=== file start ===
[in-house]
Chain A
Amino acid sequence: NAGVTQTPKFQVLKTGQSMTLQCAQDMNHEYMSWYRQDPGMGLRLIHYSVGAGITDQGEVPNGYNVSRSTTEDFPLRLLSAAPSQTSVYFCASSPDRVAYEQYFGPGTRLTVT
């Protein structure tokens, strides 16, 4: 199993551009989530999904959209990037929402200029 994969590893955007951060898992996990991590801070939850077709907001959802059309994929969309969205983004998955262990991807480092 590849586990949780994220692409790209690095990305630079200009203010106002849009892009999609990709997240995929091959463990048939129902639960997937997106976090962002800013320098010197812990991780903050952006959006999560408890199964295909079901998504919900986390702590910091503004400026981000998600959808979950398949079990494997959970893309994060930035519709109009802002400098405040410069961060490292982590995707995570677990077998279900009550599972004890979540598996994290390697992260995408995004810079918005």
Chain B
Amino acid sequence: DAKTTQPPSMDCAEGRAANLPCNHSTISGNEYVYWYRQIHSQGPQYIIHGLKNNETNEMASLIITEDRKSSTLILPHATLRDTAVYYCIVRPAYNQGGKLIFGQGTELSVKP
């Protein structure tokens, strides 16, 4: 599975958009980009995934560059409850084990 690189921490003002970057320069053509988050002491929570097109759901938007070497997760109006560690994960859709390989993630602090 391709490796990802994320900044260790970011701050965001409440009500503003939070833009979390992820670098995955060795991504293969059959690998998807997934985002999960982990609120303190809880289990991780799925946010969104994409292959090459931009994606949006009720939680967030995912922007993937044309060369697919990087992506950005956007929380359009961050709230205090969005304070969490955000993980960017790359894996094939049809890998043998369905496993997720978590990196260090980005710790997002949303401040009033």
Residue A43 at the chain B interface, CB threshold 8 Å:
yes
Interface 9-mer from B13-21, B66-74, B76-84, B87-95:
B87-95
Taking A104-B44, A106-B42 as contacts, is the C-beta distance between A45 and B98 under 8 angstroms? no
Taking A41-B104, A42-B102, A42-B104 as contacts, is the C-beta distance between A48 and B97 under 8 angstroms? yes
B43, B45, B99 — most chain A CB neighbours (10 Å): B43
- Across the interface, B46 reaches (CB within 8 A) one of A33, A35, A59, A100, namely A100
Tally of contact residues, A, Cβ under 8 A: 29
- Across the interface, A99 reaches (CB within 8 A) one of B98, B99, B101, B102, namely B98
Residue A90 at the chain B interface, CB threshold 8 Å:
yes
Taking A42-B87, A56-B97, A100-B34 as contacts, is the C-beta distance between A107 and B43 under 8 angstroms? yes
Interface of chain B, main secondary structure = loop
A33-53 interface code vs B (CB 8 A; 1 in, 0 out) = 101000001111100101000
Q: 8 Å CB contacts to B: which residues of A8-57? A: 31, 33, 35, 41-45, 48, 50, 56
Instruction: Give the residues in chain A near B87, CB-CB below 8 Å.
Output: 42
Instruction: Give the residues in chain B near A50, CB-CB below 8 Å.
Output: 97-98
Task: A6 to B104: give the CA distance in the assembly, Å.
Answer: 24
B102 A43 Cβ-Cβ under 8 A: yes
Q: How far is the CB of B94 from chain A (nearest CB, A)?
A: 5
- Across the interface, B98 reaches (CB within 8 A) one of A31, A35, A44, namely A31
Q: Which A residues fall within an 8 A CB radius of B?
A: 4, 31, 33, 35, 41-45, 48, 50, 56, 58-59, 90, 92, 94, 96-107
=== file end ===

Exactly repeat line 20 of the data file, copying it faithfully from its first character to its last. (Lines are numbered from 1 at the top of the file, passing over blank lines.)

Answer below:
Taking A42-B87, A56-B97, A100-B34 as contacts, is the C-beta distance between A107 and B43 under 8 angstroms? yes